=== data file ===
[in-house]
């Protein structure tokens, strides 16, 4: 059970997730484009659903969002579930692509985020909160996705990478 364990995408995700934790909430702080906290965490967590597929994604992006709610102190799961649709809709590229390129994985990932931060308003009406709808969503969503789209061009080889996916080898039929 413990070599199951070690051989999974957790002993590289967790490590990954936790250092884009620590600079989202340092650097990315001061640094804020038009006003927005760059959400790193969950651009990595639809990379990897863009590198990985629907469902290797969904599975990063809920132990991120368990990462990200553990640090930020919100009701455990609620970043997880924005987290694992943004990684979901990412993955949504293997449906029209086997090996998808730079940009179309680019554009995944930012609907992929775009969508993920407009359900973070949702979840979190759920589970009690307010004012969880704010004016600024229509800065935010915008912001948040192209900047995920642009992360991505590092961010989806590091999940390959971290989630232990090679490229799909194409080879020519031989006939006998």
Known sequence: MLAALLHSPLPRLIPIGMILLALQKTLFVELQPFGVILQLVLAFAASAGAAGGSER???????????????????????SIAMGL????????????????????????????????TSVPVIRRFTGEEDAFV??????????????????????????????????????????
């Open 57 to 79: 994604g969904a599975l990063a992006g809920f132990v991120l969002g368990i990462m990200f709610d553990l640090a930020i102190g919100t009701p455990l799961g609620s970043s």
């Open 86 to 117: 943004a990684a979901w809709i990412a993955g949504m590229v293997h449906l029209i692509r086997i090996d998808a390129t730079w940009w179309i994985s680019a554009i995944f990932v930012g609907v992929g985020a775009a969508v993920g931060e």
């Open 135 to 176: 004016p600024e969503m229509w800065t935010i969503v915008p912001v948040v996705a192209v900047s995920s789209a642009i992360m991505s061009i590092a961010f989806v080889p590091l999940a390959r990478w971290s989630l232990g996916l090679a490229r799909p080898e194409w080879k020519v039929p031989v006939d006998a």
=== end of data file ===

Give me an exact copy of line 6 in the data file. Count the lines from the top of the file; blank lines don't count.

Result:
């Open 135 to 176: 004016p600024e969503m229509w800065t935010i969503v915008p912001v948040v996705a192209v900047s995920s789209a642009i992360m991505s061009i590092a961010f989806v080889p590091l999940a390959r990478w971290s989630l232990g996916l090679a490229r799909p080898e194409w080879k020519v039929p031989v006939d006998a």